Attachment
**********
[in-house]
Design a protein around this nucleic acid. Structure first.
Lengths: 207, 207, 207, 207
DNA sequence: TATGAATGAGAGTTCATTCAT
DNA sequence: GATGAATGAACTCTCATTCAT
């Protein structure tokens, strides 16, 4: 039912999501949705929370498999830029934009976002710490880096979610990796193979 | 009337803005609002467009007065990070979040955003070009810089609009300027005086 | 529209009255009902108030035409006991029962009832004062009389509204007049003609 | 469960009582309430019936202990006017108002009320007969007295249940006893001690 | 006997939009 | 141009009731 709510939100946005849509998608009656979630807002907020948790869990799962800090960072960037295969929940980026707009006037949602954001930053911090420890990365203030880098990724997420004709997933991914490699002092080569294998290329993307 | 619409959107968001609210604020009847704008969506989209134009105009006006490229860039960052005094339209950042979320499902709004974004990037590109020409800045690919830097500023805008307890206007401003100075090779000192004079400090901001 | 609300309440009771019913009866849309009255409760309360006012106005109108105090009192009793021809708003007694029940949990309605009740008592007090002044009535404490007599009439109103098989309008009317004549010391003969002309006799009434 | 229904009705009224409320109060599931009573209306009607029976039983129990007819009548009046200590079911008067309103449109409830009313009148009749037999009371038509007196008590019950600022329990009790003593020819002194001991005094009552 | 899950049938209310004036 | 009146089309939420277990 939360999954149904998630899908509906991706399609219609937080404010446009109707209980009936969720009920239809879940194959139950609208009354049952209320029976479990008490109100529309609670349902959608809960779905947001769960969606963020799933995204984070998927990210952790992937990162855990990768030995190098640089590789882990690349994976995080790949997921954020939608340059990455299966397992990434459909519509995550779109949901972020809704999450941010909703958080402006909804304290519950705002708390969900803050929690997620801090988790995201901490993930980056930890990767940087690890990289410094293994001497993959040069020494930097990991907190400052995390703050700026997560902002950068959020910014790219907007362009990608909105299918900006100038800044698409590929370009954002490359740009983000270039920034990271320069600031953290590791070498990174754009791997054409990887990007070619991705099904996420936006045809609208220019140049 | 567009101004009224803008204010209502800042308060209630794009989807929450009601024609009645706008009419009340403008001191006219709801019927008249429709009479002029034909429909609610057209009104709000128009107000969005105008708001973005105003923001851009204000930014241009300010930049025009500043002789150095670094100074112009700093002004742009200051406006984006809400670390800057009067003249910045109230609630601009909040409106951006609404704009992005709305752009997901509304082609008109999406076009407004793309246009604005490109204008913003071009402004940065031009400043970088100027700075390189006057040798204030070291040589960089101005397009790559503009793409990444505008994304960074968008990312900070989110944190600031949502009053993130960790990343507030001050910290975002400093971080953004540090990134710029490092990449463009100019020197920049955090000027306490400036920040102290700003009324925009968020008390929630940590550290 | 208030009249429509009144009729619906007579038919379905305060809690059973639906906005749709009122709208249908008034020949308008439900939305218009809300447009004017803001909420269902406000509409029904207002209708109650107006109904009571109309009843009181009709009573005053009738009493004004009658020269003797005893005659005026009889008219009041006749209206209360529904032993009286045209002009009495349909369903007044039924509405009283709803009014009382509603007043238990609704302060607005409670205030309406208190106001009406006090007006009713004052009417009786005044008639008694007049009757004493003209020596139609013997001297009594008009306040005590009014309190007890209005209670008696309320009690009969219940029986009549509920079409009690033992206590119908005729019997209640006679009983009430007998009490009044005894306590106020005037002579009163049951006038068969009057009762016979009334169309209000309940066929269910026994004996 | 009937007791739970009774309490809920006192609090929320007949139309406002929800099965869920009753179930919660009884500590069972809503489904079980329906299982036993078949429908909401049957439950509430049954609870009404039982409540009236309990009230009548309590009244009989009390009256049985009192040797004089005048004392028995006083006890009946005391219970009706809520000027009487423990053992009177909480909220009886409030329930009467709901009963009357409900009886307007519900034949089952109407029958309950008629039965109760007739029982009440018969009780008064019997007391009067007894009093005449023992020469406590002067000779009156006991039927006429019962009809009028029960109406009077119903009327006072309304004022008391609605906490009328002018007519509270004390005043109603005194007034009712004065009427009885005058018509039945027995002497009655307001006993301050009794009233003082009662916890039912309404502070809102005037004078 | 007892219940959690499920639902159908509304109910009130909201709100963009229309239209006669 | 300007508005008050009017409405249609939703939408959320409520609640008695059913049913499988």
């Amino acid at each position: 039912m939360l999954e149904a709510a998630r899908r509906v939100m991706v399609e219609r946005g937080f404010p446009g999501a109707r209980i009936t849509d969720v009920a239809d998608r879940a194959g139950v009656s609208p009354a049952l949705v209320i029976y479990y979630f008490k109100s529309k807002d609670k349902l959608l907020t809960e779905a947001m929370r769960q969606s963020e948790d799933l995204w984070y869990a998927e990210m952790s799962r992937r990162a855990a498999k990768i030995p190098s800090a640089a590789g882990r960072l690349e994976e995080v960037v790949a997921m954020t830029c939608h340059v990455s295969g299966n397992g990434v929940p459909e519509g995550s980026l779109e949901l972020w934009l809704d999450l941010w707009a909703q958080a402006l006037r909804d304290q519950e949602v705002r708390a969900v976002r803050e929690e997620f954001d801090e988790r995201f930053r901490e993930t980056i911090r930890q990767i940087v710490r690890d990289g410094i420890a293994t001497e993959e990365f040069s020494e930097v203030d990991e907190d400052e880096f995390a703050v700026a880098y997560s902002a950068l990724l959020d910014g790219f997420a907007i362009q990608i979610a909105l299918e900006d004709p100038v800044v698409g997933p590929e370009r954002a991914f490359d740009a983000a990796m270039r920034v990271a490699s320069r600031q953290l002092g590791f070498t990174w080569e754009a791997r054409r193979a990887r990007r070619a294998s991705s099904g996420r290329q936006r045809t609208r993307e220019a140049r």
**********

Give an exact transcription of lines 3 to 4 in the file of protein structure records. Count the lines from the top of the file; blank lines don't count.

Lengths: 207, 207, 207, 207
DNA sequence: TATGAATGAGAGTTCATTCAT